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Posts tagged “simplicity

“The Chameleon”

When you imagine a trip to Bali, you may think first of lying on white sand beaches in the shade of tall palms. But a bit away from the water is where the magic can really happen. The jungles of Bali are rich with greenery and wildlife — and if you’re lucky enough, you may even find yourself at one of the island’s most luxurious estates, nestled right into that jungle. The home featured here is just such a retreat. Featuring a sparkling clear infinity pool, an outdoor bath, and plenty of indoor space for the long and luxurious evening of a vacation, this home is a true treasure, as you’ll see in the photos from photographer Daniel Koh.

http://www.home-designing.com/a-bali-jungle-retreat-surrounded-by-lush-greenery?utm_source=feedburner&utm_medium=email&utm_campaign=Feed%3A+home-designing+%28Home+Design+Ideas%29


The Makeover…It’s Personal – The Master Bedroom with Walk-in Closet and Ensuite Bath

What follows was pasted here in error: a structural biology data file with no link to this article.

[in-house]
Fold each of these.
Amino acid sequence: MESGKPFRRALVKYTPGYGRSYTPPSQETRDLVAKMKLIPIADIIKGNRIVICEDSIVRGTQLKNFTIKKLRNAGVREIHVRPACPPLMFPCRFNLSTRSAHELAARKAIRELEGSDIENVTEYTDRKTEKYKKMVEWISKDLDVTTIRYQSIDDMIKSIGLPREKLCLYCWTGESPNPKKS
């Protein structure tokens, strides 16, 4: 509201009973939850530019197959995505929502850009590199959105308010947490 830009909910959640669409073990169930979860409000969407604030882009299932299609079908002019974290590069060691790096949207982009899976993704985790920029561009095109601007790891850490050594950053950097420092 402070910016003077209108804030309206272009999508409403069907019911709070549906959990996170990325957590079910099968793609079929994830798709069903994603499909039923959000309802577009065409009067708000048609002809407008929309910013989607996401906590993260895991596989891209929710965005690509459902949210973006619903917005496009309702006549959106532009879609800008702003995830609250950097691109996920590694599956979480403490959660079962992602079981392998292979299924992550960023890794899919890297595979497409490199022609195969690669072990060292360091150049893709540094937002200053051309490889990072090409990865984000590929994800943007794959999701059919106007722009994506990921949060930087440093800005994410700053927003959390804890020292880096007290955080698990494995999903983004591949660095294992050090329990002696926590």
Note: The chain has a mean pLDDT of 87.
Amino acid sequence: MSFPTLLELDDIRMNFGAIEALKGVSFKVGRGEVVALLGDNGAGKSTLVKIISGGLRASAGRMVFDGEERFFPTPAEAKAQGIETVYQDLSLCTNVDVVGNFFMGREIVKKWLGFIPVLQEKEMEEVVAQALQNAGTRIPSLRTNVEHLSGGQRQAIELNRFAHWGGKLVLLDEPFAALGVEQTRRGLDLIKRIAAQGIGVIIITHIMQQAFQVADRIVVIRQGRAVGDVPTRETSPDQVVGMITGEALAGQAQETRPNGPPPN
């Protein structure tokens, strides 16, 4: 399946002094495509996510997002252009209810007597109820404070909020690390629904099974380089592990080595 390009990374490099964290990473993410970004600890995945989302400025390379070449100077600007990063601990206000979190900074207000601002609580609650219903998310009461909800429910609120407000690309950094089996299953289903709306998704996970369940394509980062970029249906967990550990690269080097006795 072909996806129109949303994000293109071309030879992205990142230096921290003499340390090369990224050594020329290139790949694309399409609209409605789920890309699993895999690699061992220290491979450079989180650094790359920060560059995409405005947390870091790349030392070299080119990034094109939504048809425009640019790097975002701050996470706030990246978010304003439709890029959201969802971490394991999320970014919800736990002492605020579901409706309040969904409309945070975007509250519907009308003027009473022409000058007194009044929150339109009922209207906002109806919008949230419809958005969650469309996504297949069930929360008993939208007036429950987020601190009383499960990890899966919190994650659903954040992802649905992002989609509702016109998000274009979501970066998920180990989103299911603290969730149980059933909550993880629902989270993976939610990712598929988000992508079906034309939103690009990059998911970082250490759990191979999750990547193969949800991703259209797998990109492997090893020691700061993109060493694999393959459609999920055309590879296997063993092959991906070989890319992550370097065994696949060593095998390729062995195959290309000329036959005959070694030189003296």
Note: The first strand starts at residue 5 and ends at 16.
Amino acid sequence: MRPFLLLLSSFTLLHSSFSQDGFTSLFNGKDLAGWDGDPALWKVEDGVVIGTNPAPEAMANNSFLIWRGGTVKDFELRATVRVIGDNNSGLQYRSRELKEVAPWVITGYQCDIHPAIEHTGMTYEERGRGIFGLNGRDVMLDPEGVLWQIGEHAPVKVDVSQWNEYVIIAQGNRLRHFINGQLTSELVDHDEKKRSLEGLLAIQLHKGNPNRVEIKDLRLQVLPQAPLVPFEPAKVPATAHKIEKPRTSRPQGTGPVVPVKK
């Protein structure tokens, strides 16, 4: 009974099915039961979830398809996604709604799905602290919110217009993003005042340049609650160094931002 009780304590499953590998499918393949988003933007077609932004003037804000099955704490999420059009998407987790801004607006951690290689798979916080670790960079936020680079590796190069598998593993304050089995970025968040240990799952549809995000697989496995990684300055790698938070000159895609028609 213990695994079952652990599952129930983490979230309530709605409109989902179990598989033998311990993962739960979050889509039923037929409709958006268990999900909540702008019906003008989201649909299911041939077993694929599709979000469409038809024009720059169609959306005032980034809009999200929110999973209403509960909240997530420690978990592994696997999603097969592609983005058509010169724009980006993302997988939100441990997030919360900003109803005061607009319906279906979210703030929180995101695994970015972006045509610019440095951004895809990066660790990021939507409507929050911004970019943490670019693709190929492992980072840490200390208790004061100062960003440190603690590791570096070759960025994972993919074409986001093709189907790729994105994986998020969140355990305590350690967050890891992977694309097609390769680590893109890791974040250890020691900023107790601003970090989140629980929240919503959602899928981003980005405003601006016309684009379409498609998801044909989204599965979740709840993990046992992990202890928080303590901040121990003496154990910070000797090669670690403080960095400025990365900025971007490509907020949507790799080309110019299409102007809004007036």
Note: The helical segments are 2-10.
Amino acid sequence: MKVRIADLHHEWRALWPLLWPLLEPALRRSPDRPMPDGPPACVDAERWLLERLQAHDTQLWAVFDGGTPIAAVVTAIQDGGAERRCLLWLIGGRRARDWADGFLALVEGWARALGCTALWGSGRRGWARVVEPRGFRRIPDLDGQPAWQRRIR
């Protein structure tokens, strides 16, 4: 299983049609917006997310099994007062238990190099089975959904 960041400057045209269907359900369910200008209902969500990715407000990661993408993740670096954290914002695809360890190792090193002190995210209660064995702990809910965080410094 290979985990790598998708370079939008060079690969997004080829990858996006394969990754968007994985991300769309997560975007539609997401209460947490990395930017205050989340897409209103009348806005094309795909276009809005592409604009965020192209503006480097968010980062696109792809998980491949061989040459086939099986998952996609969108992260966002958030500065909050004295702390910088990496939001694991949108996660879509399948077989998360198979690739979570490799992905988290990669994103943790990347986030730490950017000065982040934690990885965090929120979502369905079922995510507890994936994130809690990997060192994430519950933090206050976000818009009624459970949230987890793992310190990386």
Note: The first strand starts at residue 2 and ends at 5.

The demolition and construction started in our service kitchen that will house our future Master’s Bedroom.

Since the whole house will apparently be uncomfortable to live,  we decided to prioritize the bedroom as originally planned and suggested to the architect.  This will be the Phase 1.  The room will accommodate my whole family during the renovation period.

We wanted the same requirements as in our previous one, but we wanted it to have a high ceiling, bigger space with the open shelves walk-in closet and ensuite T&B as usual.  The architect suggested making a customized king size bed frame with headboard, including the side tables.